In this case, defendant does not argue that some factor extrinsic to the trial process affected the jury's impartiality. Rather, he challenges the trial court's decision regarding one aspect of the trial process itself. He argues that the court's decision to hold the trial at SRCI rather than Vale impaired his ability to receive a fair trial. If defendant has a constitutional challenge to that decision, it is a claim that that decision denied him due process. Defendant does not have a cognizable Article I, section 11, challenge.

We turn finally to defendant's due process claim. (10) Under the Due Process Clause, the initial question is whether the challenged practice is "inherently prejudicial"--i.e., whether it poses a serious threat to the fairness of the factfinding process. Holbrook v. Flynn, 475 US 560, 568, 106 S Ct 1340, 89 L Ed 2d 525 (1986) (citing Estelle v. Williams, 425 US 501, 503-04, 96 S Ct 1691, 48 L Ed 2d 126 (1976)). (11) The Court explained that inherently prejudicial practices--practices such as requiring a criminal defendant to appear before the jury in prison clothes and binding and gagging the defendant during trial--create in the minds of jurors the impression that a defendant is dangerous and needs to be kept separate from the community at large. Id. at 568-69. If a practice is found to be inherently prejudicial, it must be subjected to "close judicial scrutiny." Id. As the Court later restated the test, inherently prejudicial practices "should be permitted only where justified by an essential state interest specific to each trial." Id. If a challenged practice is not inherently prejudicial, then the state need not justify it and a defendant must prove actual prejudice in order to establish a constitutional violation. Id. at 572.

Under Holbrook, defendant's due process argument raises two questions. The first is whether the practice of holding a trial in SRCI is an inherently prejudicial practice. If it is, the second question is whether holding the trial in SRCI was justified by an essential state interest specific to defendant's trial.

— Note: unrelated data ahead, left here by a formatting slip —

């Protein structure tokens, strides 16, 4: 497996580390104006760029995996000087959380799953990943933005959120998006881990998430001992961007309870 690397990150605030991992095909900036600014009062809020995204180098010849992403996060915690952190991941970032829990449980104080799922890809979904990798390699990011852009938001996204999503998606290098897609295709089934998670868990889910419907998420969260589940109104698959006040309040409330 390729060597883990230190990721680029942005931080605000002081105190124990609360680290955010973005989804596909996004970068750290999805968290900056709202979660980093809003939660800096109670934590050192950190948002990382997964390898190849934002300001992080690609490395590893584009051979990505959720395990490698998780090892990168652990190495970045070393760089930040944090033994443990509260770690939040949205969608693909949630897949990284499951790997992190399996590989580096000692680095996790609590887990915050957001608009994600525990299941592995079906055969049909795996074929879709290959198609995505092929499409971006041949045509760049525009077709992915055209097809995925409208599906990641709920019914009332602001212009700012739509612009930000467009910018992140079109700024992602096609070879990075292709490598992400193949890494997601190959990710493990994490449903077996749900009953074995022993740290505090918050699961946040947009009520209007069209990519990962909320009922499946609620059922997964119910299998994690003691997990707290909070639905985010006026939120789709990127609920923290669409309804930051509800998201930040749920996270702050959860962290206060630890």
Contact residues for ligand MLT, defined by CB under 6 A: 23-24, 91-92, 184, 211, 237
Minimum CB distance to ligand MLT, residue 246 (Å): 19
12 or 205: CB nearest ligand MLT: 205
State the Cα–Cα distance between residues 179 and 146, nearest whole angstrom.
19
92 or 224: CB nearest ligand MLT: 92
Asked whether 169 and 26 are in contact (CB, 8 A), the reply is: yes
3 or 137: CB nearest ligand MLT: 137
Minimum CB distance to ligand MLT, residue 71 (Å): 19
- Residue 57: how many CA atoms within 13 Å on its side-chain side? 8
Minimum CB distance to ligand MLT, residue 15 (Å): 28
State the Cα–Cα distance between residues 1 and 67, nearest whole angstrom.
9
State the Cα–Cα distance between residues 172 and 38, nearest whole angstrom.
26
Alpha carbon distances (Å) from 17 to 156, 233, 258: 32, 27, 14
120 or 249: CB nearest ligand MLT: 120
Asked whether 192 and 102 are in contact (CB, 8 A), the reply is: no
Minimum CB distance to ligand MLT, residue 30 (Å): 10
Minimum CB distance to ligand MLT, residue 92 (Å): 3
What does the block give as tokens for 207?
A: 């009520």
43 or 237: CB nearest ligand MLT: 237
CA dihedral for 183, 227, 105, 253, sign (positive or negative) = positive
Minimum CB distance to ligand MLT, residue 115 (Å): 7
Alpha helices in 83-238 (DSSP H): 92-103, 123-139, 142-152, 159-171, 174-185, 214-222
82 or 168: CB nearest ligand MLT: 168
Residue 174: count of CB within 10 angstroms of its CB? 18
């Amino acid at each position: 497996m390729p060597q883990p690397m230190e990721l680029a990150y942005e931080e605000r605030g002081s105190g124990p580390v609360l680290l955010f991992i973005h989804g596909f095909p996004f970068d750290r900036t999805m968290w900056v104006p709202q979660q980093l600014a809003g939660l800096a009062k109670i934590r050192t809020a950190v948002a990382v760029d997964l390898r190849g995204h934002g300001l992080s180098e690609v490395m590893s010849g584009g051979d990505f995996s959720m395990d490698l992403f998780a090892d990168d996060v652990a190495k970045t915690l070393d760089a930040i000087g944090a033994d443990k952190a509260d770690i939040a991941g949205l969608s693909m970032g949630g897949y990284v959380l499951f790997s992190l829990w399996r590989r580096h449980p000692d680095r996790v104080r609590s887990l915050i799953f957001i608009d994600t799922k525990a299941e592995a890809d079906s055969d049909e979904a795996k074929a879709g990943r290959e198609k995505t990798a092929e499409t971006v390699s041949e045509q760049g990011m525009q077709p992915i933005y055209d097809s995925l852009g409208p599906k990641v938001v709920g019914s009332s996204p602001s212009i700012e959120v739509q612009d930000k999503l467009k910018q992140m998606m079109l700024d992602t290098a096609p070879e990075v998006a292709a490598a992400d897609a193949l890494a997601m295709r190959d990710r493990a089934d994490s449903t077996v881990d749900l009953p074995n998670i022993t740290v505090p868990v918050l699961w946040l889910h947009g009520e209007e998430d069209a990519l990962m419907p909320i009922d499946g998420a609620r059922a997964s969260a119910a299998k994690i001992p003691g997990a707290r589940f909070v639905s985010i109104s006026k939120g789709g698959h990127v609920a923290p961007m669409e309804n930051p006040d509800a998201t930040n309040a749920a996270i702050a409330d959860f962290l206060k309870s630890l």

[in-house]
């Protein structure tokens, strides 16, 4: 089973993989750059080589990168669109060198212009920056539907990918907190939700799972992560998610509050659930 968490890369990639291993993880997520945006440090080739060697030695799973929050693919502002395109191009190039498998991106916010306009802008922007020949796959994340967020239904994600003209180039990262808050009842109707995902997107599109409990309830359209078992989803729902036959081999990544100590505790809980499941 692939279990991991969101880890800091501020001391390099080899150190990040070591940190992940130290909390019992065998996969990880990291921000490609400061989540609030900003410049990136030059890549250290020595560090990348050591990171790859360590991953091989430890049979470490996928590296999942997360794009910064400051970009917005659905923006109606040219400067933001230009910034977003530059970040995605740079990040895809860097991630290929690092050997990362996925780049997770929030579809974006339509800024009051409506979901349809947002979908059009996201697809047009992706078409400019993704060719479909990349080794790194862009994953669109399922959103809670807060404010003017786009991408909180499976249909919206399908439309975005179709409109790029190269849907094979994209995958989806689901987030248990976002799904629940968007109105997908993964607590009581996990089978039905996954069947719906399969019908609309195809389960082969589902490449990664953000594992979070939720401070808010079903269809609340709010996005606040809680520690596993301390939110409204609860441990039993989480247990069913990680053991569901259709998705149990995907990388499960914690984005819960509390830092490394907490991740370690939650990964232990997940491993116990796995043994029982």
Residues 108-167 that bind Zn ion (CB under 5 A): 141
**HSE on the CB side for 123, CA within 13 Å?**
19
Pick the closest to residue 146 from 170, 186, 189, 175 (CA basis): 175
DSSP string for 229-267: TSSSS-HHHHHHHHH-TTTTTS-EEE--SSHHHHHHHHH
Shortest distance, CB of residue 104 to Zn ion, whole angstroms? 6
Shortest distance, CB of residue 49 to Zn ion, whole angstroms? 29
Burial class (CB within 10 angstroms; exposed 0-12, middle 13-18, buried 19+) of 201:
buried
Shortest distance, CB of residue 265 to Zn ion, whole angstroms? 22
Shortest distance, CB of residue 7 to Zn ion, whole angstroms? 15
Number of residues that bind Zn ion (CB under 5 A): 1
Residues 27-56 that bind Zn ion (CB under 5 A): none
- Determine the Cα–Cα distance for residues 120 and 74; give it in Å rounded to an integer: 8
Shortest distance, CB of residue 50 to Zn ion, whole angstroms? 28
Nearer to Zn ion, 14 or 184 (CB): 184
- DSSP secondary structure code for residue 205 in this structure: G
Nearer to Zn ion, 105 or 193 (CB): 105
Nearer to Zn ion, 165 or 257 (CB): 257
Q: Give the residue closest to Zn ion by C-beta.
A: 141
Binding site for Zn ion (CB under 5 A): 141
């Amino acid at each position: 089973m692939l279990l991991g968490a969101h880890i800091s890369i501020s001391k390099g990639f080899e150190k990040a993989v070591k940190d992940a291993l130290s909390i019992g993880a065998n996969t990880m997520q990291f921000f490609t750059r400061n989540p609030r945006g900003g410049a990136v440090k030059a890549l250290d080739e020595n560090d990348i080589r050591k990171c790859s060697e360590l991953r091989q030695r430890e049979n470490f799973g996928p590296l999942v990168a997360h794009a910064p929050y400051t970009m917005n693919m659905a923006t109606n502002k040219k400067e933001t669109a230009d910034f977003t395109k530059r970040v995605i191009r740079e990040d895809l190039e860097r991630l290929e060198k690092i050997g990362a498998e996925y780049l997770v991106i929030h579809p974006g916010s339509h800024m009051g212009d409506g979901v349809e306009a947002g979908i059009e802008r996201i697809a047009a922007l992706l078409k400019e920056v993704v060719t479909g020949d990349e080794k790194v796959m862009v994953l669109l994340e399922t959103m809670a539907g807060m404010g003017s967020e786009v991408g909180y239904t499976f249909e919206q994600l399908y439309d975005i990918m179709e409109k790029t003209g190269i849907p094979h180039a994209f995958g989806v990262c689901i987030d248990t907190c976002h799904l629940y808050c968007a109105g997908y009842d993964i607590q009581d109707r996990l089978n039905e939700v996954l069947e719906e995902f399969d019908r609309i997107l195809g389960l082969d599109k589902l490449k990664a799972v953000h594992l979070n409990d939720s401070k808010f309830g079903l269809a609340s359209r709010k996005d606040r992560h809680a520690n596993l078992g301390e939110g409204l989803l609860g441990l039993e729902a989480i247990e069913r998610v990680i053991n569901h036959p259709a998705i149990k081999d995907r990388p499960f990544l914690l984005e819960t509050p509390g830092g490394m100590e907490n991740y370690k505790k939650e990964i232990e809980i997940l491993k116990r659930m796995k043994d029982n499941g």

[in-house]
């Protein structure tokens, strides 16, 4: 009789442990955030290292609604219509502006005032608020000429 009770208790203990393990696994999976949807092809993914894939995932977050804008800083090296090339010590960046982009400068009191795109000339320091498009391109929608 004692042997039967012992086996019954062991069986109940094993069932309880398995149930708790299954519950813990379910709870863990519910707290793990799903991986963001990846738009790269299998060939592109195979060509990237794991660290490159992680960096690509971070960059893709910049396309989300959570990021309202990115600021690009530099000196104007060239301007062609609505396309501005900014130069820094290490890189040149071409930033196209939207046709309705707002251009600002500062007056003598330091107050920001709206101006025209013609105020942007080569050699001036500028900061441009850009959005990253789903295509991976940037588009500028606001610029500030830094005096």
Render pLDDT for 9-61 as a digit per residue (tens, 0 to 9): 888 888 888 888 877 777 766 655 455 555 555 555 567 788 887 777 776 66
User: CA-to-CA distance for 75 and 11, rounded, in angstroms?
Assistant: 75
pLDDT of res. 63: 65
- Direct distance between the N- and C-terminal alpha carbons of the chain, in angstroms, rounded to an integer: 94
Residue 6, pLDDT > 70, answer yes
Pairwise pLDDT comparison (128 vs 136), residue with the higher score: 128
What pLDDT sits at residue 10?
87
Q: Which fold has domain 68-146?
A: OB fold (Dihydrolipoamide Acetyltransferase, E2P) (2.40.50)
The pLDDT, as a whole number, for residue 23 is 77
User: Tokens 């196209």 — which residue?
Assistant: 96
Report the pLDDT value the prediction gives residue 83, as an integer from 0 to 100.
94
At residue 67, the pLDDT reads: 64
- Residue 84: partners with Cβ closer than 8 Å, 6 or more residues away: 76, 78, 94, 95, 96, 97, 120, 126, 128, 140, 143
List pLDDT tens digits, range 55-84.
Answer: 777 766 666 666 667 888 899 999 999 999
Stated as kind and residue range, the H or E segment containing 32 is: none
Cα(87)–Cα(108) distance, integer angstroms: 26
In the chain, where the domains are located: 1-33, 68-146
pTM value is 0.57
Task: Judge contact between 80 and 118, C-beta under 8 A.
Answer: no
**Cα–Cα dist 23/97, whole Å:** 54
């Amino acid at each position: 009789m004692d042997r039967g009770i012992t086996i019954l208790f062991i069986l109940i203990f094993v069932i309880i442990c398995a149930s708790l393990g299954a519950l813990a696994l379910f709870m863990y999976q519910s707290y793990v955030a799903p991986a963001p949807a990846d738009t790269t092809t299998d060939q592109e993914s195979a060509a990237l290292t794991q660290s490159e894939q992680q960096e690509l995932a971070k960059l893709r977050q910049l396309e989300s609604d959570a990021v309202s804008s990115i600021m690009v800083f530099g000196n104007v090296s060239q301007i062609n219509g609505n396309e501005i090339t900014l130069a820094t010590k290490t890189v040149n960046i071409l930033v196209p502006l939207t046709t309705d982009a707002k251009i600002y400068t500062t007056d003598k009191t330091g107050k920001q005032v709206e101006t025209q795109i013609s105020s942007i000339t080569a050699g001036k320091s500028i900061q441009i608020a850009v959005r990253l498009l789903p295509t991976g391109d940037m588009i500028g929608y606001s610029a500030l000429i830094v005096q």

On the first question, although the Court has determined that shackling a prisoner in a courtroom is an inherently prejudicial practice, it has held that having four uniformed police officers in the courtroom is not. Holbrook, 475 US at 568-71. In making that distinction, the Court explained that, unlike shackling, there is a "wider range of inferences that a juror might reasonably draw from the officers' presence." Id. at 569. As the Court reasoned, "[w]hile shackling and prison clothes are unmistakable indications of the need to separate a defendant from the community at large, the presence of guards at a defendant's trial need not be interpreted as a sign that he [or she] is particularly dangerous[.]" (12) Id. The Court's conclusion that the presence of four uniformed officers at the defendant's trial was not inherently prejudicial turned on the risk that the practice, if permitted, would single out the defendant as a dangerous person, discounted by the likelihood that the jury would not draw that inference.

Given Holbrook's reasoning, we hold that trying an inmate within a prison is an inherently prejudicial practice. Holding a trial within the walls of a facility designed to segregate violent or dangerous persons from the public at large implies that there is some need for security measures above and beyond those of a normal trial. To be sure, the charges in this case arose out of an incident at the prison, and the jurors could have inferred that the court elected to hold the trial at the prison for administrative rather than safety reasons. But the decision to hold a trial at a prison is such a departure from the ordinary course, and the risk of singling defendant out in some impermissible way is sufficiently great, that we hold that the practice is inherently prejudicial; that is, holding trials within prison, like shackling, should be permitted "only where justified by an essential state interest specific to each trial." Holbrook, 475 US at 568-69.